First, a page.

Monday, July 14, 2014
Wednesday, July 9, 2014
We have reprimanded […] the “Giornale di Sicilia” which, in the year XI [of the fascist era], has deemed it necessary to talk about the storming of the Bastille, a topic now behind the times.
”[È stato ripreso] il Giornale di Sicilia che, nell’anno XI, ha ritenuto necessario occuparsi della presa della Bastiglia, argomento ormai sorpassato.”
From a directive to the press issued by the Italian fascist government, 31 August 1933, quoted in La stampa del regime 1932-1943, p. 89
Thursday, July 3, 2014
Wednesday, June 25, 2014
Entrance of Guglielmo Pepe in Naples at the head of the Constitutional army, 9 July 1820
Some basic facts on the 1820-21 uprisings in the Kingdom of Two Sicilies here (in Italian) because the English wiki gives even less than the bare bones.
Drummers of the Italian pre-unification States through the first half of the 19th century, in a plate by Quinto Cenni (1845-1917)
Monday, June 23, 2014
Murat reviewing the 7th Line Regiment (Royal African) of the Neapolitan army.
But the return to peacetime society of army and navy veterans was not a quantitative matter alone. There was also a qualitative element. It was not just the sheer numbers of men who returned, but the attitudes they brought back with them. At worst they had been brutalized by their experiences in war. At best they had acquired new self-confidence through their martial skills. What is more, they had had novel experiences and their eyes had been opened to a world beyond their parish or hundred. “How you gonna keep ‘em down on the farm, now that they’ve seen Paree?” asks the old music-hall song, and it expresses a fundamental truth. The core notion for the maintenance of stable hierarchy in eighteenth-century England was deference. Yet it is deference that wartime experience, with its cross-class mingling, most of all breaks down … Men who had seen the officer class at close quarters, under fire, and were not necessarily impressed, could not return to the old deference/hierarchy nexus. They preferred to make a living by crime rather than touch their forelocks to the village squire. This was recognized in the eighteenth century and was considered by the elite a worrying development.
Frank McLynn, Crime and punishment in eighteenth-century England, p. 322
Saturday, June 14, 2014
Lying face-down to the ground I send you a few words: my division has taken camp on the hill out of Castenedolo, to the right there is the first division and then the French. To the left there is the rest of our army, the Austrians are in front of us on the Chiese and occupy the line from Lonato to Volta Mantovana with the villages of Calcinato, Montechiaro, Solferino and Castiglione delle Stiviere. It is believed that as soon as the French shall have completed their movement of concentration the attack will begin and we expect serious combats for our positions are magnificent. In the meantime I roast myself in the sun.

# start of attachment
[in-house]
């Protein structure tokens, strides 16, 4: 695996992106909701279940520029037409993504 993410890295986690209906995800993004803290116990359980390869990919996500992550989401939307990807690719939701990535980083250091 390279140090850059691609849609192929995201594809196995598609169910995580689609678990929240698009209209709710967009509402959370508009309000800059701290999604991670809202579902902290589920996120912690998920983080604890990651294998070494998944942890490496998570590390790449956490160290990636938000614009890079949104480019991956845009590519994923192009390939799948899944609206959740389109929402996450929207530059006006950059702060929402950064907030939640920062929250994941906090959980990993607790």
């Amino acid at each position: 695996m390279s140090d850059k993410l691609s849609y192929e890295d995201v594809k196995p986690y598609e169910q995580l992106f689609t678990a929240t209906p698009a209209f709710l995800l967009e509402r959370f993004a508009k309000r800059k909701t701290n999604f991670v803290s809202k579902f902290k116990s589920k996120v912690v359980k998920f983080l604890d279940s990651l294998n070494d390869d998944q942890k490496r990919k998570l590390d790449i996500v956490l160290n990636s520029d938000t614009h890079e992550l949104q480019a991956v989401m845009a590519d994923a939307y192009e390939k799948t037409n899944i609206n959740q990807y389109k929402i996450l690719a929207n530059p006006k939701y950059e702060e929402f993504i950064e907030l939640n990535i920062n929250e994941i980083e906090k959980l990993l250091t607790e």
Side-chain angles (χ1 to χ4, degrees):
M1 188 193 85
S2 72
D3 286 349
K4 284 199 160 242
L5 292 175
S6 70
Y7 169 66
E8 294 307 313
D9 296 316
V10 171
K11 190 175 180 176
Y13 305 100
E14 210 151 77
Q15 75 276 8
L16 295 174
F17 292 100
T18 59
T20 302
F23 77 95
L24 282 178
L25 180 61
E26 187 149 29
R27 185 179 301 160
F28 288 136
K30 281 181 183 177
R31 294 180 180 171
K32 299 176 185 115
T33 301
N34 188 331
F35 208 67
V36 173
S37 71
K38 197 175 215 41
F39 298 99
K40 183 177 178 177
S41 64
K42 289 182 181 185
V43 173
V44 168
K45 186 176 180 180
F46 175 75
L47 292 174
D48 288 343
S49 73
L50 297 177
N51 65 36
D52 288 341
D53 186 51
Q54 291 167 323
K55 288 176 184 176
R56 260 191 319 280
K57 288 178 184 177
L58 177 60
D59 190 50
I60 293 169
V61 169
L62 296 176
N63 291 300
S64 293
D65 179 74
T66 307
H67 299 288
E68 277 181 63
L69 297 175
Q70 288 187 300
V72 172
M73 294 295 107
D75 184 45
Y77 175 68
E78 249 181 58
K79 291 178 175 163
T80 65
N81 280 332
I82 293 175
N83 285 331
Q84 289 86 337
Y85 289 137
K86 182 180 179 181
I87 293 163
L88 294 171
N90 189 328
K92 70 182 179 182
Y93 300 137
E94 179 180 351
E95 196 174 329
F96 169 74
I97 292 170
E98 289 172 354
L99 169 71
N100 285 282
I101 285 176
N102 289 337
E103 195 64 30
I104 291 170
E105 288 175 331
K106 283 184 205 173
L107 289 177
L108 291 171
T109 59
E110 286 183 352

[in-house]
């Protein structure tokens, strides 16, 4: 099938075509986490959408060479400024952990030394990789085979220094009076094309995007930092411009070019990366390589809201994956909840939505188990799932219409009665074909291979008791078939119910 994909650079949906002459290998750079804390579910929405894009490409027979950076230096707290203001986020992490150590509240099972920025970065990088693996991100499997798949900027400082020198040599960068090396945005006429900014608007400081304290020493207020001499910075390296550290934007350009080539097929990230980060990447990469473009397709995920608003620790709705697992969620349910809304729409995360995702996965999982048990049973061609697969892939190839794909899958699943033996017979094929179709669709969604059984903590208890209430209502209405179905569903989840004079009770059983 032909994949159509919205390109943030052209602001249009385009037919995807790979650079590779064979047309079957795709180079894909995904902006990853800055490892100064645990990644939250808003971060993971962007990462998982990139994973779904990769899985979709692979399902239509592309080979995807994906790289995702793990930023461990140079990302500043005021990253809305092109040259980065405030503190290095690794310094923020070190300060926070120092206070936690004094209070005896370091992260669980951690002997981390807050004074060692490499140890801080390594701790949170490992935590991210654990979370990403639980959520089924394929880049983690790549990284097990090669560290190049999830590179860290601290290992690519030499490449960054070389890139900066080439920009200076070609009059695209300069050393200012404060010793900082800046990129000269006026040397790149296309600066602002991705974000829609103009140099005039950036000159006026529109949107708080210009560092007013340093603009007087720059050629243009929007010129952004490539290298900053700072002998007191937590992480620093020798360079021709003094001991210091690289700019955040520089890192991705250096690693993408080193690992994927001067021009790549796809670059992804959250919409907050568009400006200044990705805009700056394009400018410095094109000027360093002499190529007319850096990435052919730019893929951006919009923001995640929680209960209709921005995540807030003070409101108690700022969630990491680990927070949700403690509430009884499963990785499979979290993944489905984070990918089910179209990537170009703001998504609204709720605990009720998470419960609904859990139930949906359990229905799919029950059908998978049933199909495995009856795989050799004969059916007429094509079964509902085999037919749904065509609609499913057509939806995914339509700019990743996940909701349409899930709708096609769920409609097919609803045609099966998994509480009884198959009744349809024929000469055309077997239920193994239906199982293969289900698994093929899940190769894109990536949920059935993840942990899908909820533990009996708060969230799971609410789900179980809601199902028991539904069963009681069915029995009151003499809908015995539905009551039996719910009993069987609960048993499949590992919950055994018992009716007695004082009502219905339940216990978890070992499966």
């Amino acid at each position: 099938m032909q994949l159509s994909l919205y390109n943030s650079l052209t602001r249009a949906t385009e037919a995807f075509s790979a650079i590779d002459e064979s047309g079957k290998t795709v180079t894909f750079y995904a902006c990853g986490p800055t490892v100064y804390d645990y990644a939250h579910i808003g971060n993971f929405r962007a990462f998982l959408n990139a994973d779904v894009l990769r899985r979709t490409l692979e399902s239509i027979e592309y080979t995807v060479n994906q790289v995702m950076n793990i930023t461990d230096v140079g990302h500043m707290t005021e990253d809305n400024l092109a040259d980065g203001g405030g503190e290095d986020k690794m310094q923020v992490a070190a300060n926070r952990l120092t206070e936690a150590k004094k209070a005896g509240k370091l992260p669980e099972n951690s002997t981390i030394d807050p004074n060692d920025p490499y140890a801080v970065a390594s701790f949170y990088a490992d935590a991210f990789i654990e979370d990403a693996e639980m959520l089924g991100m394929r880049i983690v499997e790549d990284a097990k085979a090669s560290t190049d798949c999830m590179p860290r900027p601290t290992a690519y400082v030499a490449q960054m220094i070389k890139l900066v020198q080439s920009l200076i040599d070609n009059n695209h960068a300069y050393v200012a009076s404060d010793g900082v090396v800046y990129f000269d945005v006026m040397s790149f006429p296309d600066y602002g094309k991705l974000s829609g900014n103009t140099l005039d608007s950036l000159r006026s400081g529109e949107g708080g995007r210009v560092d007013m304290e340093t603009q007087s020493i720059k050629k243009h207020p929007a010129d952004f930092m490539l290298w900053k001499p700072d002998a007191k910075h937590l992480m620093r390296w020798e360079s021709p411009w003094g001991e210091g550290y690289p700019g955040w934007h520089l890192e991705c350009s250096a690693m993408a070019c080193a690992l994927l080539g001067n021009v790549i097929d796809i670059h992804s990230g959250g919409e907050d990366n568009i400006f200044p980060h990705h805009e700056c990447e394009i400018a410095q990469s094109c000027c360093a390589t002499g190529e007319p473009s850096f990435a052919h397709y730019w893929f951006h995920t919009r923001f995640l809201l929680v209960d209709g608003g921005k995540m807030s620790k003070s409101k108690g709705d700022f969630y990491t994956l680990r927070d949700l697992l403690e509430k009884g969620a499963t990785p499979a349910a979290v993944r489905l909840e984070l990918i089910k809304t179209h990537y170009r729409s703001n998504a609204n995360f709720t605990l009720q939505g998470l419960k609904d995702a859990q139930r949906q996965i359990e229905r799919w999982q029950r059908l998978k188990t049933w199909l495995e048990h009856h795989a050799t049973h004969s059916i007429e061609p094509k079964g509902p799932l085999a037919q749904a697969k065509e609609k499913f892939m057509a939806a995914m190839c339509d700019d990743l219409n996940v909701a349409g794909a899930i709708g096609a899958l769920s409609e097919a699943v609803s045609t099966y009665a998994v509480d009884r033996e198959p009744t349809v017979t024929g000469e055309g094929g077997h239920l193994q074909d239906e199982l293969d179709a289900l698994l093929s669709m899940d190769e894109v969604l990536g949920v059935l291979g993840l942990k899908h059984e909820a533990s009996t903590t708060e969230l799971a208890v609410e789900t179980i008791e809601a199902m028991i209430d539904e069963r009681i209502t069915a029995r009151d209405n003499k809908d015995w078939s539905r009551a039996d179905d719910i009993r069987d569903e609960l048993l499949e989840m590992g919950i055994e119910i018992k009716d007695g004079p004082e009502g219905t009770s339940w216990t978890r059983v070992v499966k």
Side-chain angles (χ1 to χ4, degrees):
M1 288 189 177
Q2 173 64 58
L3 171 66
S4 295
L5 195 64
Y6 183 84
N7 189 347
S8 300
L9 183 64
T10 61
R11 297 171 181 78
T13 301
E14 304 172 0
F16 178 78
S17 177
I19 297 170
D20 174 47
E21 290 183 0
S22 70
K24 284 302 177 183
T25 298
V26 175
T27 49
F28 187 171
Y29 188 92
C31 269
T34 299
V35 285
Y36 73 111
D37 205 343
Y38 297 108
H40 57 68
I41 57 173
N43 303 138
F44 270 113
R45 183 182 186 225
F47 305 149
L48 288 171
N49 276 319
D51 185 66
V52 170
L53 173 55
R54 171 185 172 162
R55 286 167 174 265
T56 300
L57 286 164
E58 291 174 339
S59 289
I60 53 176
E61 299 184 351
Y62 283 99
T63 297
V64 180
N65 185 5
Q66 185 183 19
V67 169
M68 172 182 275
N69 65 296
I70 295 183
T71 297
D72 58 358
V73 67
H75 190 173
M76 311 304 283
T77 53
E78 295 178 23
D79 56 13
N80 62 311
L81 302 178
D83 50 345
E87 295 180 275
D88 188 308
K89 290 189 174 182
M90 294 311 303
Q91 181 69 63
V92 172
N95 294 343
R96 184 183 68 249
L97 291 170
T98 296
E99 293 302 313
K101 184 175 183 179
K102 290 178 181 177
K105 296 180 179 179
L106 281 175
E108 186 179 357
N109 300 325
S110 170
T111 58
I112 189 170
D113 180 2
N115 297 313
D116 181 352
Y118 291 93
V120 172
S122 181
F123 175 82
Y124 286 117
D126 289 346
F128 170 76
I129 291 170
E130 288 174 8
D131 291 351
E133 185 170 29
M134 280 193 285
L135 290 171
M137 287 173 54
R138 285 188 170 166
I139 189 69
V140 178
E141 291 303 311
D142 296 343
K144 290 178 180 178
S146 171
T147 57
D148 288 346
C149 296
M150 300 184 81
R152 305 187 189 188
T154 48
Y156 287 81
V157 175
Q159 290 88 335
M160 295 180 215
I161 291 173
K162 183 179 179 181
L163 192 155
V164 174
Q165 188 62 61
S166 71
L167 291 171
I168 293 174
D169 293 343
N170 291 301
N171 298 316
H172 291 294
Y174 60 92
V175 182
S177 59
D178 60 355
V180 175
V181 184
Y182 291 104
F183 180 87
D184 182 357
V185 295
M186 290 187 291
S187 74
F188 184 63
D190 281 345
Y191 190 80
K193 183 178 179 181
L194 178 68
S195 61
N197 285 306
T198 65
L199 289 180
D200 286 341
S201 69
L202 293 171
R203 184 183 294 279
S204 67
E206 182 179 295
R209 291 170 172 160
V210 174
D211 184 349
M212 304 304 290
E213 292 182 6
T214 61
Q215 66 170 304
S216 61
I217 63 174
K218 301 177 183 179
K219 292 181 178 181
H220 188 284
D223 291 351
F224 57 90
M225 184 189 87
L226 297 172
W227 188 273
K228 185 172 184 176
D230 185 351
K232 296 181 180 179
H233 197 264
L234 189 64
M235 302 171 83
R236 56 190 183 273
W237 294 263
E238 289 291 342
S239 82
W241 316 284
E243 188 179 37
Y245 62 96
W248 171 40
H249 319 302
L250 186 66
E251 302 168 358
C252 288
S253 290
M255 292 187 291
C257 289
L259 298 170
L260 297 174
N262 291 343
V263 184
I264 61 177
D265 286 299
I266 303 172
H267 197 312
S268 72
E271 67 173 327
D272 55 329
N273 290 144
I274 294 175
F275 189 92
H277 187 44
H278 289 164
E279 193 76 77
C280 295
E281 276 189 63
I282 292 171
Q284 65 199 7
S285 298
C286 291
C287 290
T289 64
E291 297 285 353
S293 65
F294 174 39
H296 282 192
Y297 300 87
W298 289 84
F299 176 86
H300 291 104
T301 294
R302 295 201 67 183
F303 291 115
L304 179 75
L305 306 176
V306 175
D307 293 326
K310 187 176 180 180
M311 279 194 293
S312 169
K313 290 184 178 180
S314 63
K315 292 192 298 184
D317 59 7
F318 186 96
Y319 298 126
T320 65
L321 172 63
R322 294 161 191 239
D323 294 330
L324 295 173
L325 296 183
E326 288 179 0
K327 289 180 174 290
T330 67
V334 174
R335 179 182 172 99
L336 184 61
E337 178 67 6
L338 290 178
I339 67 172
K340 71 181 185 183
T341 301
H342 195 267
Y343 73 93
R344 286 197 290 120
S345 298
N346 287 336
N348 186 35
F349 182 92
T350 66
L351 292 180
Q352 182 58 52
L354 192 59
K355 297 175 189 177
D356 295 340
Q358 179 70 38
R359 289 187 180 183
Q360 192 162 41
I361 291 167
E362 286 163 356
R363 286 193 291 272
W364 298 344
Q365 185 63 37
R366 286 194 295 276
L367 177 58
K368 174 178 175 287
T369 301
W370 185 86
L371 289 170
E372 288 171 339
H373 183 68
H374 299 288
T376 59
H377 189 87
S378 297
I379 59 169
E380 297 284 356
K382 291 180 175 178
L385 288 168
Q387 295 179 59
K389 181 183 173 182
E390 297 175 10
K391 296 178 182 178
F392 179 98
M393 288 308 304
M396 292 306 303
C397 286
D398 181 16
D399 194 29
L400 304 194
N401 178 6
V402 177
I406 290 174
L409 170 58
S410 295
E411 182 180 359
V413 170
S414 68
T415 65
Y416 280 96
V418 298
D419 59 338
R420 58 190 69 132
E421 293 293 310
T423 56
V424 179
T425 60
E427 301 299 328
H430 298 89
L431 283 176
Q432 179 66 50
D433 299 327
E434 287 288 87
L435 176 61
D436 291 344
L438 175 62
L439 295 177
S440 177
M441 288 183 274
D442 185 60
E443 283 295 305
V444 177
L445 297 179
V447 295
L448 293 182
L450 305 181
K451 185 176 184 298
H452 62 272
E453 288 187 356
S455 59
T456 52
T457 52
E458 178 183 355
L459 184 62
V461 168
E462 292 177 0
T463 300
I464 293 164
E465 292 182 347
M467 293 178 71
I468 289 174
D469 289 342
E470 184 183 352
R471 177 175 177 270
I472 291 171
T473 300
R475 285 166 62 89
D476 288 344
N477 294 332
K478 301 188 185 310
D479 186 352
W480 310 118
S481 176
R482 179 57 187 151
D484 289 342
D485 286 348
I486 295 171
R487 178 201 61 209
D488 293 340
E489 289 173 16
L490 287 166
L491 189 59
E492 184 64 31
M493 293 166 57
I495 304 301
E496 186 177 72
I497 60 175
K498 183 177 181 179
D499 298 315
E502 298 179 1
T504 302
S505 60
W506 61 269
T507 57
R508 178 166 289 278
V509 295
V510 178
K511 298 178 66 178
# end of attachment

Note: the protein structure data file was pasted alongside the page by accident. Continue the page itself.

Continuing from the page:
Part of a letter by Piedmontese Captain Lorenzo Lazzari, fallen at San Martino, writing to his brother on 18 June 1859, six days before the battle. The letter is currently on display in the museum of San Martino della Battaglia.
Sunday, June 8, 2014
El regimiento de Nápoles tuvo que acoger los restos del [regimiento] de Flandes en 1791, y el de Hibernia, tradicional de los irlandeses, al de Milán, ya casi sin italianos. En 1818 el mismo regimiento de Nápoles fue extinguido por orden de Fernando VII, cuando hacer la recluta en Italia se había vuelto imposible. Quedaron seguramente sus banderas, guardadas en algún museo, y su nombre, inscrito en los historiales militares. Pero quedaron también unos pocos apellidos italianos dispersos por toda América, firmamente identificados con la vieja historia americana, testigos de que allá lejos y hace tiempo, unos oficiales italianos pasearon sus blanquirojos uniformes por las calles y las plazas de sus ciudades, por los baluartes de alguna vetusta fortificación, sirviendo a un rey tan ausente y remoto como su propia tierra, mientras construían una nueva vida.
Juan Marchena Fernández, Italianos al servicio del rey de España en el Ejercito de América. 1740-1815
Saturday, May 31, 2014
I slept soundly till 6 in the morning, when I was brutally awakened by one of my old servants - the chief valet to be precise - who rushed into the barn [where the count had spent the night] nearly out of his wits. He had just come back from taking my horse to graze at four in the night, as I had ordered him to do. That man, Lefranc, shook me until I woke up and screamed that the enemy was there. Thinking I could poke fun at him, I asked, “Where? There?” and he replied, “Yes, there! There!” As he spoke he opened the barn door and the curtains of my bed. The open door showed me the beautiful, sunny plain below; and the entire surface appeared covered with enemy squadrons. I coolly considered that the enemy must at least give me enough time to take my morning cup of chocolate.
Jean-Philippe-Eugène Comte de Mérode-Westerloo, describing the morning of the battle of Blenheim, 13 August 1704
The many heroic deaths of the Chevalier d’Assas, or: A compilation of seriously random uniforms through time, illustrative art and printed media.